By Alex Fradera
Vacant job roles should be filled on the candidate’s skills, experience and knowledge, not their identity. But that means dodging our deeply held stereotypes, such as men being a natural fit for decision-making roles like management and women for care-giving professions. Evidence suggests this also applies to sexual orientation, meaning, for instance, that CVs that indicate the candidate is homosexual (by mentioning college experience in a group promoting gay rights, for example) are likely to be seen by recruiters as a better match for care-giving roles. New research from the Journal of Applied Psychology adds to this, suggesting that merely looking gay is enough for a candidate to be treated in a biased way by recruiters.
Nicholas Rule and his colleagues from universities at Toronto and Stanford conducted several studies, each involving between 68 and 201 participants. In every study, participants read about a target job, in most cases either a nurse or engineer, and then estimated the likely success of 90 different candidates, based only on a photo provided of each one. These cropped photos were originally taken from dating sites, ensuring that sexual orientation data was known by the researchers for each candidate.
Participants repeatedly predicted gay candidates would have more success applying to nursing positions than heterosexual candidates, and they predicted the reverse pattern for the engineer position. This effect was also found when participants were asked to say who they would prefer to teach their child maths (straight men preferred) or English (gay men). In another study, there was also a relative preference for gay men applying to paediatric roles over surgeon roles, although heterosexual men were predicted to have more success than gay men for both medical roles. Participants who had previous hiring experience were just as influenced by sexual orientation cues as other participants.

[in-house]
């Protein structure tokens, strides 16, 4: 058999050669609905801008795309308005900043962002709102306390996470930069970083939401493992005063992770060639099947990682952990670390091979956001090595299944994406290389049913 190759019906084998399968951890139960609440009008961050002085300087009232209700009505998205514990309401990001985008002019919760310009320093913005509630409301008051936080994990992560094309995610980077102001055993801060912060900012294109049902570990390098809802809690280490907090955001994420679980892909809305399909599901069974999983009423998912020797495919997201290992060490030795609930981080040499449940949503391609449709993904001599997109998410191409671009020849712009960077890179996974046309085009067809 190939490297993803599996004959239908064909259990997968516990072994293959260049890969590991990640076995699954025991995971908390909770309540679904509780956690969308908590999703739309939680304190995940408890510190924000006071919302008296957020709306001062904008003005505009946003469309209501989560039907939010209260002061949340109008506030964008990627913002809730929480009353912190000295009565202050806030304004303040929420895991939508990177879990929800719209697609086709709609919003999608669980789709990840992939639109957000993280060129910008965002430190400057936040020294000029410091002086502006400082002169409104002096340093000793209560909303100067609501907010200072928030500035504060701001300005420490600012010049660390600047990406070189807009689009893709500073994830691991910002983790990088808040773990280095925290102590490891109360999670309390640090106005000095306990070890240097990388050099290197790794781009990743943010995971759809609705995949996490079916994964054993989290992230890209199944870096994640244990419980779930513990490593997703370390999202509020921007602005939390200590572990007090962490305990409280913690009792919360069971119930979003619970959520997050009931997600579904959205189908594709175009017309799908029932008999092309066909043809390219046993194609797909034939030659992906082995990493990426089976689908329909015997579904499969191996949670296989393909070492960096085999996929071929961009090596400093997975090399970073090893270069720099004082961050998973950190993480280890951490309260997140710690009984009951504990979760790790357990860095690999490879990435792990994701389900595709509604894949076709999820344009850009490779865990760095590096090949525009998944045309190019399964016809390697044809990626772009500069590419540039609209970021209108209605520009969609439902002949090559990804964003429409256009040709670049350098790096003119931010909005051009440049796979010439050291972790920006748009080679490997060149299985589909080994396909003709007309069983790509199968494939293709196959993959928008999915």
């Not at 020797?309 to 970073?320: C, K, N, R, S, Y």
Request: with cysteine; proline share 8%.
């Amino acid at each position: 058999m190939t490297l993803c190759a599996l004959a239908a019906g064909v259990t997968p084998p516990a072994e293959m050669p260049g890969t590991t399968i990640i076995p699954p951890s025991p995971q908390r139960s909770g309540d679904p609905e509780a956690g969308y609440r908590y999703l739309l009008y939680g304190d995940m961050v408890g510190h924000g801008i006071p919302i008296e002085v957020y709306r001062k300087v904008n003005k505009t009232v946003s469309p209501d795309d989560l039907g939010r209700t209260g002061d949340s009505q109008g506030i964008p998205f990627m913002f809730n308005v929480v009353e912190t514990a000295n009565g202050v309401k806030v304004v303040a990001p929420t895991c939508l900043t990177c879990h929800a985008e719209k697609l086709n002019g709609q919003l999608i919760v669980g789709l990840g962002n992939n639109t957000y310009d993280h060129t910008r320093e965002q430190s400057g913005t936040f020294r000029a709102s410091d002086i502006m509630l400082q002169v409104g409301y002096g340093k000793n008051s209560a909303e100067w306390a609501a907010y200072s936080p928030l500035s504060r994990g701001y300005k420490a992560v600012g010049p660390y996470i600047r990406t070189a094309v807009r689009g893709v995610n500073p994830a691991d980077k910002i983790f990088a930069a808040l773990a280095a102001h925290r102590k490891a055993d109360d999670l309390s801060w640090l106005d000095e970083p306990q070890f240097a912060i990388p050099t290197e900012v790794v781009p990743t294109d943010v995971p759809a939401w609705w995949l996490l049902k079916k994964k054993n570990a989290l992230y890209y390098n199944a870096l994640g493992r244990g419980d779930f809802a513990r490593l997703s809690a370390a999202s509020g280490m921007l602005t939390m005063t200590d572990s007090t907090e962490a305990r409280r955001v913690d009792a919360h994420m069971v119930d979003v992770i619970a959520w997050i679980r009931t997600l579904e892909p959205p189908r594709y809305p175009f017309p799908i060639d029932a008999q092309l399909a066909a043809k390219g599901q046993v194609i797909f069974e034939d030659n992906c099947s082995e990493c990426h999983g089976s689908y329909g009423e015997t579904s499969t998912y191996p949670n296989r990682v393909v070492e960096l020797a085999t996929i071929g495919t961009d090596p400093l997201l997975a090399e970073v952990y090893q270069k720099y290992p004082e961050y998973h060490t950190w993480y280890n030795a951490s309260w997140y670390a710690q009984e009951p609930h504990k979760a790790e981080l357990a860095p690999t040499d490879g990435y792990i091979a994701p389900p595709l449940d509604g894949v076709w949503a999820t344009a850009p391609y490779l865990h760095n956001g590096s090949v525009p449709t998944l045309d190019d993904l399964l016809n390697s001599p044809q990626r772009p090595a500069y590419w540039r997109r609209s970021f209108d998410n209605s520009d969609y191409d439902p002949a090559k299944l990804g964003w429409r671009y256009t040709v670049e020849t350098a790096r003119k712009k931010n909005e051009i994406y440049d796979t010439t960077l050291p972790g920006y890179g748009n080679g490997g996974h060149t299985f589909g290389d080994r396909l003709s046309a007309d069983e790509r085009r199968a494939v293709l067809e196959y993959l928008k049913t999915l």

What’s going on? Previous evidence from this research group suggests that people can rapidly detect sexual orientation from viewing faces, and that this “gaydar” goes beyond interpreting stereotypical cues like clothing or gesture, reflecting instead our ability to read something more phenotypic, coded into the face or body. However recent research that used photos from a dating site to attempt to replicate Rule’s general gaydar effect revealed a potential confound: photo quality tended to be higher for men who were gay. If this was true of the photos used in the current research, it would muddy the researchers’ conclusions.
Even if photo quality happens to be what we use to judge sexual orientation (the alternative hypothesis that we simply don’t trust people who take good photos to be good engineers seems implausible), we should still take heed of these new findings, especially when other people’s prospects are in our hands. Thankfully, there was a suggestion that the bias was assailable, at least to some extent. When each photo was accompanied by a GPA score showing the candidate’s success in studying for the profession, a low-GPA score seemed to trump any effect of sexuality cues in facial appearance.
As real life job picks always involve considering some relevant information, this is somewhat reassuring; however Rule’s team thought a single relevant score may be too obvious a guide for decision making, and that the effect of sexuality cues in facial appearance would hold their own when accompanied by more complex (and representative) supporting information, as would be found in real-life contexts. They conducted a further study that supported this view, suggesting facial cues to sexuality are likely to persist in spite of more relevant information.
However, I wasn’t entirely comfortable with the methodological design of this particular study, so I’m skeptical that sexuality cues would have such strong influence. For instance, it used photos (and profiles) procured from LinkedIn rather than from a dating site, and the researchers presumed sexual orientation based on the person’s workplace – LGBT organisation or otherwise – which seems a noisy and inaccurate criterion to use.
Another of the new studies provided more reason for hope. It showed that simply asking participants to be fair and objective in their judgments stopped them from favouring heterosexual men for the engineering role, although their bias for gay men for nursing positions remained. This suggests diligence on the part of recruiters could help correct this ‘insidious’ tendency.